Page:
One of the oldtimers said, "You mean you've captured the wild hogs of the Okefenokee?"

"That's right."

"How did you do that? What did you do?" the men urged. One of them exclaimed, "But I lost my arm!"

"I lost my brother!" cried another.

"I lost my leg to those wild boars!" chimed a third.

Jan. 5th, 2007 04:47 am (UTC)
The trapper said, Well, the first week I went in there they were wild all right. They hid in the undergrowth and wouldn't come out. I dared not get off the wagon. So I spread corn along behind the wagon. Every day I'd spread a sack of corn. The old pigs would have nothing to do with it. But the younger pigs decided that it was easier to eat free corn than it was to root out roots and catch snakes. So the very young began to eat the corn first. I did this every day. Pretty soon, even the old pigs decided that it was easier to eat free corn. After all, they were all free; they were not penned up, They could run off in any direction they wanted at any time.

The next thing was to get them used to eating in the same place all the time. So I selected a clearing, and I started putting the corn in the clearing. At first they wouldn't come to the clearing. It was too far. It was too open. It was a nuisance to them. But the very young decided that it was easier to take the corn in the clearing than it was to root out roots and catch their own snakes. Not long after, older pigs also decided that it was easier to come to the clearing every day. (Death of The Republic, Civil War Pensions, Democracy Ascends)

And so the pigs learned to come to the clearing every day to get their free corn. They could still subsidize their diet with roots and snakes and whatever else they wanted.

After all, they were all free. They thought they could run in any direction at any time.
There were no bounds upon them.

The next step was to get them used to fence posts. (Christmas "Gift" 1913, The Federal Reserve System)

So I put those fence posts all the way around the clearing. I put them in the underbrush so that they wouldn't get suspicious or upset. After all, they were just sticks sticking up out of the ground, like the trees and brush. The corn was still there every day. It was easy to walk in between the posts, get the corn, and walk back out.

This went on for a week or two. Shortly they became very used to walking into the clearing, getting the free corn, and walking back out through the fence posts. The next step was to put one rail down at the bottom. (WW 1 ) I also left a few openings, (Draft Deferments, Exemptions, age limitations ) so that the older, fatter pigs could walk through the openings and some smart, younger pigs could easily jump over just one rail.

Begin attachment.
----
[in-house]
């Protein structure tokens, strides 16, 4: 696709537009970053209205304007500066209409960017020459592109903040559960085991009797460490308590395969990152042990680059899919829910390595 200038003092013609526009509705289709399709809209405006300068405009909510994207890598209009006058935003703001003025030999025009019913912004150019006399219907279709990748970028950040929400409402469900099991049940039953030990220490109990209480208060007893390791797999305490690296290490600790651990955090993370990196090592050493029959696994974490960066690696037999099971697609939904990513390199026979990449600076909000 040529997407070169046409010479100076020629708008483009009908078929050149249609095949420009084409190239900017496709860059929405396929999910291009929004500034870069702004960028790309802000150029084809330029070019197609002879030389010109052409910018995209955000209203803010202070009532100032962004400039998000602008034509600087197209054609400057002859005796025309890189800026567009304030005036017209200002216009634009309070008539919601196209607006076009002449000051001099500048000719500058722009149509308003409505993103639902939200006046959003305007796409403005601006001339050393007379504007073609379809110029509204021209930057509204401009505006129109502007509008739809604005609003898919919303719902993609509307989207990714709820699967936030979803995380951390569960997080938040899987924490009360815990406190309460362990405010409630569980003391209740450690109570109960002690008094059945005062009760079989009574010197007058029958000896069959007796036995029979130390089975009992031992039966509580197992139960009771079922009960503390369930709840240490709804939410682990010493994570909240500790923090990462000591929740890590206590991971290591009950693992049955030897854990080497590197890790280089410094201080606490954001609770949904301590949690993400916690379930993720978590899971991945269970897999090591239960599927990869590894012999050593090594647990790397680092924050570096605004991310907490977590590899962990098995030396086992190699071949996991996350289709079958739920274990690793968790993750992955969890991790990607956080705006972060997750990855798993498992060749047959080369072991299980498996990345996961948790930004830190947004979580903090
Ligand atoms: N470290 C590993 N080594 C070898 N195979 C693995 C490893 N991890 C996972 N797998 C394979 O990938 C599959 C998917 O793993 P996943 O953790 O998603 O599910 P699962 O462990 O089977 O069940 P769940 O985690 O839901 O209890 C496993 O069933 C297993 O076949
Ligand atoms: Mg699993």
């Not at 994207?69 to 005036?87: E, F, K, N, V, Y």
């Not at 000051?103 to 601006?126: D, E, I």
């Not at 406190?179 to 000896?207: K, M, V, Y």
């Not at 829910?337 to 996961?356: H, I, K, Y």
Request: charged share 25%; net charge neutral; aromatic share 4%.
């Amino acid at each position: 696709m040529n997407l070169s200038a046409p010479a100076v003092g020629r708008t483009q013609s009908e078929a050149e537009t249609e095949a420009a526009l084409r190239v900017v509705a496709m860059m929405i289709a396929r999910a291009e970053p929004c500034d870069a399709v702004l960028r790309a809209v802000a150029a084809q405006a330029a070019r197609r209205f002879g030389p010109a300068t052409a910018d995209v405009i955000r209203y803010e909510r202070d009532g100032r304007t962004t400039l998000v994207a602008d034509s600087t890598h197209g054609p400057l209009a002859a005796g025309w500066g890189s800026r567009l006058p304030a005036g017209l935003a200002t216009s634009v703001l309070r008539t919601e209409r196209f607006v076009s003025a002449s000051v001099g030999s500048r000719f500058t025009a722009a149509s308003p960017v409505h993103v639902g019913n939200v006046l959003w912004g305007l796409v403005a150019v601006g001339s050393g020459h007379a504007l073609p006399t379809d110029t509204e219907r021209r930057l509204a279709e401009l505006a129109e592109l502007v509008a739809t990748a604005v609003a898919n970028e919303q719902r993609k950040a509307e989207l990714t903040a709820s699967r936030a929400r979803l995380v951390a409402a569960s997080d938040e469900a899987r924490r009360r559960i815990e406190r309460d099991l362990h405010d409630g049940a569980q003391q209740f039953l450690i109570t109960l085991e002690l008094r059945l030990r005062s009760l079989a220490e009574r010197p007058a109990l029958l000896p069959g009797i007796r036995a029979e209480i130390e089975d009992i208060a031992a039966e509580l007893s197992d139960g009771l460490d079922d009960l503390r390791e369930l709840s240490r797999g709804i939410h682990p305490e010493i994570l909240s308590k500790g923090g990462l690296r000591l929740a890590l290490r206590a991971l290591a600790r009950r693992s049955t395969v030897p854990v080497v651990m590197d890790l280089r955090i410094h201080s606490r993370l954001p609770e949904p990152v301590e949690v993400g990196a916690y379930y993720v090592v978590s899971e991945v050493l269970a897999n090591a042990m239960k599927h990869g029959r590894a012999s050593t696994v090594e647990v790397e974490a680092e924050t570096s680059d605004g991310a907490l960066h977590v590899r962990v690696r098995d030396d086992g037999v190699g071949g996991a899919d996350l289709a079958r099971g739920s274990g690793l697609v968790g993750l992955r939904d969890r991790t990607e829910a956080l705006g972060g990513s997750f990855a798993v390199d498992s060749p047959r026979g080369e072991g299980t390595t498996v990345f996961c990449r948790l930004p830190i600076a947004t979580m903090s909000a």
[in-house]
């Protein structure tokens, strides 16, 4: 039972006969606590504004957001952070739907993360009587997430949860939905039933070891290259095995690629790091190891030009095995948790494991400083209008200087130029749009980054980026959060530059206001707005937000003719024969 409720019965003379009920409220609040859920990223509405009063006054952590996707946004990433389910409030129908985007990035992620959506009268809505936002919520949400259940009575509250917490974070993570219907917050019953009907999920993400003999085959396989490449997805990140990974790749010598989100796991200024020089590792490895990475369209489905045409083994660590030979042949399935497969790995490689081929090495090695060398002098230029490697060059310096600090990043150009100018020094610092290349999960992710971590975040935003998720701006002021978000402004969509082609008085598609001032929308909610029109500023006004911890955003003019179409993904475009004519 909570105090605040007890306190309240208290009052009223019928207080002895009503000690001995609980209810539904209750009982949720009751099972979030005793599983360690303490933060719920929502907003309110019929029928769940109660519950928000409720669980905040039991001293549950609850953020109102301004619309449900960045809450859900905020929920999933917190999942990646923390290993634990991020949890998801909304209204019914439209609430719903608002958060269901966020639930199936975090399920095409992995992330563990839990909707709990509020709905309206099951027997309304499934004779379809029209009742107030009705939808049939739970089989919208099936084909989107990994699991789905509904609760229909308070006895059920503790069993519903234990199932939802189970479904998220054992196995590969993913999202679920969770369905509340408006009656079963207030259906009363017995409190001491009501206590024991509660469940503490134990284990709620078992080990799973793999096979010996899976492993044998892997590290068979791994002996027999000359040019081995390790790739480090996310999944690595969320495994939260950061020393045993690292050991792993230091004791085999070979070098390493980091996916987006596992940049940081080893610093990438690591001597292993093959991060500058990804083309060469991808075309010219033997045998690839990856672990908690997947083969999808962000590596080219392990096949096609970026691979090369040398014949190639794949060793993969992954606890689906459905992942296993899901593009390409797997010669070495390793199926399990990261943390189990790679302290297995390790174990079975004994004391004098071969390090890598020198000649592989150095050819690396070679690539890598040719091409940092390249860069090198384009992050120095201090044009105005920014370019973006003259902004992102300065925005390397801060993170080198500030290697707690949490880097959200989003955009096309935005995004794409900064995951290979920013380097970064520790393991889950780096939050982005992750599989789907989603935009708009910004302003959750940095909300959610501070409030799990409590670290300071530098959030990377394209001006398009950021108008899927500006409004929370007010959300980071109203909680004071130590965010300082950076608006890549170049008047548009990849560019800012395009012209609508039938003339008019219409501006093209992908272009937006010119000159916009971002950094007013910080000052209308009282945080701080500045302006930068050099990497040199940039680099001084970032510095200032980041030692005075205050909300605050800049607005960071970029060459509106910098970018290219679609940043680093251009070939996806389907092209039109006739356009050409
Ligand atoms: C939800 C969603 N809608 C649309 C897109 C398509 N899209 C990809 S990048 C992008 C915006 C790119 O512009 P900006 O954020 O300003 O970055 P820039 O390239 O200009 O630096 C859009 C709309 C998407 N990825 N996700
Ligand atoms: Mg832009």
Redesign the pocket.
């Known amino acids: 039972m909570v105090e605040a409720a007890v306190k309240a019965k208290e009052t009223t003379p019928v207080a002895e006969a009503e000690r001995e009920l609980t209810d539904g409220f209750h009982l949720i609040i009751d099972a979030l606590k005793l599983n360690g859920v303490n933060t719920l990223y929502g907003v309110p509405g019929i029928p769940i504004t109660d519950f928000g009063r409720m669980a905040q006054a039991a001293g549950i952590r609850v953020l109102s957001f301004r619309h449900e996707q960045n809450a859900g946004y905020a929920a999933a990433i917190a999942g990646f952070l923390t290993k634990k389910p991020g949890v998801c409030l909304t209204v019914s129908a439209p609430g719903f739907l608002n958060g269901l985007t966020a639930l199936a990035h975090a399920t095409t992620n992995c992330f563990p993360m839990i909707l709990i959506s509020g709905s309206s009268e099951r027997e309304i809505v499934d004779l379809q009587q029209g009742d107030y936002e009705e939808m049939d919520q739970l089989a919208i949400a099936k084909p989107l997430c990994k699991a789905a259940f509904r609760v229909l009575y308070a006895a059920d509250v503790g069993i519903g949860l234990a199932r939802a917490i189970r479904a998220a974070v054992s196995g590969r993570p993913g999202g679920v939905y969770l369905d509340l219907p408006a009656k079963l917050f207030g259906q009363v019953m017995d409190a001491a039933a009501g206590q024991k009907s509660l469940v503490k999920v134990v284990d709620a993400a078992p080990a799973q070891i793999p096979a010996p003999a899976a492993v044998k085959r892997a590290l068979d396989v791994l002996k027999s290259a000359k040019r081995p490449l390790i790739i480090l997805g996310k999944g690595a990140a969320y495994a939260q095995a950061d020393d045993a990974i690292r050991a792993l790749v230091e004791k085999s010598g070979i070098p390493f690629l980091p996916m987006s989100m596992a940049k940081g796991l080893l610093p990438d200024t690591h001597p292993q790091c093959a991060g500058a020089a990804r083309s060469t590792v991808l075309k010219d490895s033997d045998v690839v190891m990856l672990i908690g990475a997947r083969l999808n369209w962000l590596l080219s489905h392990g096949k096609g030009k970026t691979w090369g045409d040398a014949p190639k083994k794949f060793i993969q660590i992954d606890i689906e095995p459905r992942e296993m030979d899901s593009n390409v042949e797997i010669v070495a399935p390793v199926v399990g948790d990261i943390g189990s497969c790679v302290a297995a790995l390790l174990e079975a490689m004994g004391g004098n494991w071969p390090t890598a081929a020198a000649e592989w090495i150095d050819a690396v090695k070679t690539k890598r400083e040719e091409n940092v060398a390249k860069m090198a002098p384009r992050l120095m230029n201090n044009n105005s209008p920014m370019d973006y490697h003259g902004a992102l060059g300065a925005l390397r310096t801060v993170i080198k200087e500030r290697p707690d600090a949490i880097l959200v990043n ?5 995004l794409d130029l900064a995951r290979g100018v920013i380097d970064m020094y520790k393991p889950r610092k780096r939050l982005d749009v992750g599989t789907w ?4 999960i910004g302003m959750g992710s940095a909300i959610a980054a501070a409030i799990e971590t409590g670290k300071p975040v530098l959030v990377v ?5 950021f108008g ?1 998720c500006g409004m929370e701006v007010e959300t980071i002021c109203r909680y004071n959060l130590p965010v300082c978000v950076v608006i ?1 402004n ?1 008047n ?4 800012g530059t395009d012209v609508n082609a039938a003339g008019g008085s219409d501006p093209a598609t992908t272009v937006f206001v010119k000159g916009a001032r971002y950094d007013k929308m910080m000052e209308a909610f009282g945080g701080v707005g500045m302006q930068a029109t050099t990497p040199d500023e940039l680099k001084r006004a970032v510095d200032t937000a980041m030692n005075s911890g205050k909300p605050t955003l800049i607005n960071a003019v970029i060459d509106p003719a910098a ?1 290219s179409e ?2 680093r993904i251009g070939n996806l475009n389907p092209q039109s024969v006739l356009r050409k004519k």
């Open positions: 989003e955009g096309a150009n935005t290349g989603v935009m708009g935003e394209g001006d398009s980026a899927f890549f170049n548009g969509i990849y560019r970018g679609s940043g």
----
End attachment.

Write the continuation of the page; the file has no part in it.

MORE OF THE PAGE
After all, there was no perceived threat to the freedom and independence of the majority.
Most could always jump over the rail and flee in any direction at any time. Now I decided that I wouldn't feed them every day. I began to feed them every other day. (1929 - 1941 The Great Depression)

On the days I didn't feed them, those stupid pigs still gathered in the clearing. They squealed, they grunted, and they begged and pleaded with me to feed them.

Still, I only fed them every other day. Then I put a second rail around the posts. (WW 2) Now the pigs became more and more desperate for food. Because now they were no longer used to going out and digging their own roots and finding their own food.

They now needed me. They needed my corn every other day. So I trained them that I would feed them every day if they came in through a gate. I put up a third rail around the fence. (Cold War) But it was still no great threat to their freedom, because there were other gates and they believed they could run in and out at will. Believe it or not, They got used to the situation.

Finally I put up the fourth rail. (War on Terror) Then I closed all the gates but one. For a time, I fed them very, very well.

Yesterday I closed the last gate. ( ? )

Today, I will hire a handfull of you to help me take My pigs to Auction.

Jan. 6th, 2007 11:42 am (UTC)
Every Civics class should read this.
Jan. 7th, 2007 12:01 am (UTC)
Jan. 7th, 2007 12:04 am (UTC)
Too funny!!
Jan. 5th, 2007 02:14 pm (UTC)
I had to train people to kill. Taking the first shot in combat is usually the hardest.
Jan. 5th, 2007 03:47 pm (UTC)
To every thing there is a season,
and a time to every purpose under the heaven:

A time to be born, and a time to die;
A time to kill, and a time to heal;
A time to love, and a time to hate;
a time of war, and a time of peace.
- Ecclesiastes 3: 1-8

The U.S. Army taught me well how to kill.

Thank God I never went out to combat, but had I, of course I would have killed for my life and for my country.
( 29 comments — Leave a comment )